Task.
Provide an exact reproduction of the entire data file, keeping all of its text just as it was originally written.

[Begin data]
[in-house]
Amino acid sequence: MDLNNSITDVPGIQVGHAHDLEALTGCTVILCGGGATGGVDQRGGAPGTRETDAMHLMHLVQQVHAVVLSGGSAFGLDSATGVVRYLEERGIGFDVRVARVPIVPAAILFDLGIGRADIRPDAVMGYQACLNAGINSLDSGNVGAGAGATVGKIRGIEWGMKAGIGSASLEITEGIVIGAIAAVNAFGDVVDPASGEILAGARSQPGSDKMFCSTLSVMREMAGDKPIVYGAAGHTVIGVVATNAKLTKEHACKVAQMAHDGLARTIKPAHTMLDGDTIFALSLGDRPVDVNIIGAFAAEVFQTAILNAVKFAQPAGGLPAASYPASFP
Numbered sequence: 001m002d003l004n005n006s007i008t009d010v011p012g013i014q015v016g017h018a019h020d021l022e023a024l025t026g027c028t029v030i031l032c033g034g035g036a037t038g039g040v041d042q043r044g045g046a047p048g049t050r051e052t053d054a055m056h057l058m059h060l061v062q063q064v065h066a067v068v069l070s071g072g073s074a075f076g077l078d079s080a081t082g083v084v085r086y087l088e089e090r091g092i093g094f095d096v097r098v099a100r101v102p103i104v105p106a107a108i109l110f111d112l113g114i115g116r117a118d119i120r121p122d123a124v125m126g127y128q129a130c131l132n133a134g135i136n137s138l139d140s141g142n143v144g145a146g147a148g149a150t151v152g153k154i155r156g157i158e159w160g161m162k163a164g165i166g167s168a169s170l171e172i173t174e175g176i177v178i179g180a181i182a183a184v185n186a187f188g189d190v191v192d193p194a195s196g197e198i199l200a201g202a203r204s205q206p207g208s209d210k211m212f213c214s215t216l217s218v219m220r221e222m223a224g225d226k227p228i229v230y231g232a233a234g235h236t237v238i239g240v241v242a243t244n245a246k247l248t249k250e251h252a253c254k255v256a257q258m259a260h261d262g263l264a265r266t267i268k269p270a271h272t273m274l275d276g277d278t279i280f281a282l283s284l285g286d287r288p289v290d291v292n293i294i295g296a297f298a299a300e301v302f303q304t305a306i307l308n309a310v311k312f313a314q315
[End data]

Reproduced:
[in-house]
Amino acid sequence: MDLNNSITDVPGIQVGHAHDLEALTGCTVILCGGGATGGVDQRGGAPGTRETDAMHLMHLVQQVHAVVLSGGSAFGLDSATGVVRYLEERGIGFDVRVARVPIVPAAILFDLGIGRADIRPDAVMGYQACLNAGINSLDSGNVGAGAGATVGKIRGIEWGMKAGIGSASLEITEGIVIGAIAAVNAFGDVVDPASGEILAGARSQPGSDKMFCSTLSVMREMAGDKPIVYGAAGHTVIGVVATNAKLTKEHACKVAQMAHDGLARTIKPAHTMLDGDTIFALSLGDRPVDVNIIGAFAAEVFQTAILNAVKFAQPAGGLPAASYPASFP
Numbered sequence: 001m002d003l004n005n006s007i008t009d010v011p012g013i014q015v016g017h018a019h020d021l022e023a024l025t026g027c028t029v030i031l032c033g034g035g036a037t038g039g040v041d042q043r044g045g046a047p048g049t050r051e052t053d054a055m056h057l058m059h060l061v062q063q064v065h066a067v068v069l070s071g072g073s074a075f076g077l078d079s080a081t082g083v084v085r086y087l088e089e090r091g092i093g094f095d096v097r098v099a100r101v102p103i104v105p106a107a108i109l110f111d112l113g114i115g116r117a118d119i120r121p122d123a124v125m126g127y128q129a130c131l132n133a134g135i136n137s138l139d140s141g142n143v144g145a146g147a148g149a150t151v152g153k154i155r156g157i158e159w160g161m162k163a164g165i166g167s168a169s170l171e172i173t174e175g176i177v178i179g180a181i182a183a184v185n186a187f188g189d190v191v192d193p194a195s196g197e198i199l200a201g202a203r204s205q206p207g208s209d210k211m212f213c214s215t216l217s218v219m220r221e222m223a224g225d226k227p228i229v230y231g232a233a234g235h236t237v238i239g240v241v242a243t244n245a246k247l248t249k250e251h252a253c254k255v256a257q258m259a260h261d262g263l264a265r266t267i268k269p270a271h272t273m274l275d276g277d278t279i280f281a282l283s284l285g286d287r288p289v290d291v292n293i294i295g296a297f298a299a300e301v302f303q304t305a306i307l308n309a310v311k312f313a314q315